To be very honest, entering into the industry, I used to hear a lot of existing filmmakers, the people we look up to, tell their stories from the past. They always used to say how someone gave them a chance, or someone took a chance on them. So, I always used to ask, if someone gave them a chance, why don’t they take a chance on us young filmmakers? But then I got to look past that. The fact that they are not giving me a chance does not mean they are not giving someone else a chance. So I quit being entitled to their help and just worked myself up. It’s not like I was proud, but then, I wasn’t humble enough to accept that I was not good enough. So right now, that was my biggest lesson learnt this past year.

Your short film won three awards…

Like people always say, it is a family film. They call it the Adia family film because is stars my brother, myself and my mom. I shot it on my phone and it was a project that I gave birth to because of the African International Short Film Festival where I won the award. I did that project because of the festival in particular. I was on a project that went into the festival in 2017 and I challenged myself to shoot a film with a phone for that festival. The story came about when I realised that most of the films that touch on depression or mental health issues almost always address the female gender. It felt like the male gender does not go through it. It felt like they were not depressed, it felt like they were the strong ones, it felt like nothing gets to them. So I wanted to tell a different side of the story by letting people know that it can happen to anybody. Nobody is safe. Sometimes, no matter how strong the male gender wants to pose to be, they are not always that strong.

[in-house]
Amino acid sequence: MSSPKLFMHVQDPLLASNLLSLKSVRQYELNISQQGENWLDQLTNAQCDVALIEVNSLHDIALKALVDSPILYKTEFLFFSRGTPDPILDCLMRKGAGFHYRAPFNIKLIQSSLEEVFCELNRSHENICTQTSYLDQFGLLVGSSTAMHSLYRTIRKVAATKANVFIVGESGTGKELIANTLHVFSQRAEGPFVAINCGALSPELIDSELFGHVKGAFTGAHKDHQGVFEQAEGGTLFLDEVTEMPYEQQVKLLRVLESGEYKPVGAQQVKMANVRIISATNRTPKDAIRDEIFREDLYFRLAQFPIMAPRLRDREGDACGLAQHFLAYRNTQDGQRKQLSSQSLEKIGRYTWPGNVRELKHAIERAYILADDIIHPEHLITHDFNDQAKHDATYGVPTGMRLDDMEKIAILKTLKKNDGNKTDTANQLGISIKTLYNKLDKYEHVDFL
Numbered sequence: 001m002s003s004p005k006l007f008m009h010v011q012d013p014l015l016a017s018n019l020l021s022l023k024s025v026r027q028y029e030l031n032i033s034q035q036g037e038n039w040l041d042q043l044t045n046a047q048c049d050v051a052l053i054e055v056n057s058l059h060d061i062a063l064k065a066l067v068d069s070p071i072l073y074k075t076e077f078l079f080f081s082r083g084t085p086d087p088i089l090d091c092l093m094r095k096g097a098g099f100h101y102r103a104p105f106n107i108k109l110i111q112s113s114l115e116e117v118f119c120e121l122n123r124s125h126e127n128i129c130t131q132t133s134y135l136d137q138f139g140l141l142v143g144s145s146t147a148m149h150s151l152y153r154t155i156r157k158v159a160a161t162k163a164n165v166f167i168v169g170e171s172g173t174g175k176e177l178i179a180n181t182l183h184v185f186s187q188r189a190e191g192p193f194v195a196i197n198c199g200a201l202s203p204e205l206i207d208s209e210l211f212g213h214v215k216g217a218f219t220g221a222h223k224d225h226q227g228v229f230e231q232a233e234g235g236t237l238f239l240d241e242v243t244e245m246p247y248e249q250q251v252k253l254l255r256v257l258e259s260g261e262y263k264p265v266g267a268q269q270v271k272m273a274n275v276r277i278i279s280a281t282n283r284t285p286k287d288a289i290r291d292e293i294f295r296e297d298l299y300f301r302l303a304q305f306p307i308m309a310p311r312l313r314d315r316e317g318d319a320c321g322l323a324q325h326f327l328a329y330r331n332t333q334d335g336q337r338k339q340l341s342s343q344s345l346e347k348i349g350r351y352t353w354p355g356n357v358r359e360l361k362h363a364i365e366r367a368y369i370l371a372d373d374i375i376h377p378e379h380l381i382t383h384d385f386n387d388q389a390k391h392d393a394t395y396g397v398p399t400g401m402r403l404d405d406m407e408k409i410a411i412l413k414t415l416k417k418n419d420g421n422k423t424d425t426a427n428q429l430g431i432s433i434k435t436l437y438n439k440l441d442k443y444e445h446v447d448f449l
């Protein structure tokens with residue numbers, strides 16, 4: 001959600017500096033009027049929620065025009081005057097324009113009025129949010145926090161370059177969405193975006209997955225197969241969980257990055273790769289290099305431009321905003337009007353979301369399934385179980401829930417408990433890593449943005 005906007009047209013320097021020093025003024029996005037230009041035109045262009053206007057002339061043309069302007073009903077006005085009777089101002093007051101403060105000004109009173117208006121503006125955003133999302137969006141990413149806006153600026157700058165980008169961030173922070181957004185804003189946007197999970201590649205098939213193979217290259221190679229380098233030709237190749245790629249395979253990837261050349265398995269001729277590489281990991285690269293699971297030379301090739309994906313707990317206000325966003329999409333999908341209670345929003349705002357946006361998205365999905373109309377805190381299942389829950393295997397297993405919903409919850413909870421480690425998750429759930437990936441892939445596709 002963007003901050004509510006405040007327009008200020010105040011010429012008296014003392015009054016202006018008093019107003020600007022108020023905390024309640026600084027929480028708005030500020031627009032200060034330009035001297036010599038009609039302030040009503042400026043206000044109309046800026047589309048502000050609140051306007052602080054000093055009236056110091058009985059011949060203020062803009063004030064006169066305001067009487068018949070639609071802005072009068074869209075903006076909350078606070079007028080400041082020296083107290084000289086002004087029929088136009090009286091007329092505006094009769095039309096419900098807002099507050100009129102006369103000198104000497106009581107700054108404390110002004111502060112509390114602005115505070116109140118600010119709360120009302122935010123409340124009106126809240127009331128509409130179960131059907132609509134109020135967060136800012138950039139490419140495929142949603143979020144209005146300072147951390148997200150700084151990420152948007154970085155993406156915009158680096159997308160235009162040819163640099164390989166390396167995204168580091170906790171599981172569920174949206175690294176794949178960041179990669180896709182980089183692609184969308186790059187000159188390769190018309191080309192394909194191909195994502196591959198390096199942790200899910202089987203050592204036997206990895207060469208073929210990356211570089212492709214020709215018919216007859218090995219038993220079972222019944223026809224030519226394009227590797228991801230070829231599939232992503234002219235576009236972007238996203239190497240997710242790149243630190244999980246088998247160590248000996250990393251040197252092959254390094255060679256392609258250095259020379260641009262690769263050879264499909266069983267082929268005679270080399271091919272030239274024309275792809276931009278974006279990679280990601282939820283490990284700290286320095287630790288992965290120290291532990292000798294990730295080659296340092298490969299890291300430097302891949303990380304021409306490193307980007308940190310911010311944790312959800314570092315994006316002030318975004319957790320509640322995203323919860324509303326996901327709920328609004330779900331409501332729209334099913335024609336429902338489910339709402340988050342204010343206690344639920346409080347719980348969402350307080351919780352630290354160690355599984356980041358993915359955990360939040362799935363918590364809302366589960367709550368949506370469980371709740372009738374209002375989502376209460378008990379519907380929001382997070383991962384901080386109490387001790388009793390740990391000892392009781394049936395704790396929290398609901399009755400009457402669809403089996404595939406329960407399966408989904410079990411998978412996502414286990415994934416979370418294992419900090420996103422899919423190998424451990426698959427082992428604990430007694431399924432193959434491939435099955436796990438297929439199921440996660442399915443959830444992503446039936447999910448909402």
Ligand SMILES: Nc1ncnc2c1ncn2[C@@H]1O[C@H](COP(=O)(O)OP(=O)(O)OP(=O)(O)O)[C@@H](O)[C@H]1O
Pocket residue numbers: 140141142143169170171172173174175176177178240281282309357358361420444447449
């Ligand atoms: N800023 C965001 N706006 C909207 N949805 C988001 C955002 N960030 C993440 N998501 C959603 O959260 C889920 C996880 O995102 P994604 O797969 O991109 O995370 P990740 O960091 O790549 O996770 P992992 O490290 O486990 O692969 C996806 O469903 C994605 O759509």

Is the story borne out of a personal experience?

No actually. Sometimes I write stories based on what is happening around me at the time, what the society is going through at the time. As at the time I wrote that script, there was a lot of discourse about depression going on. So I got my inspiration from all that.

Have you ever gone through depression?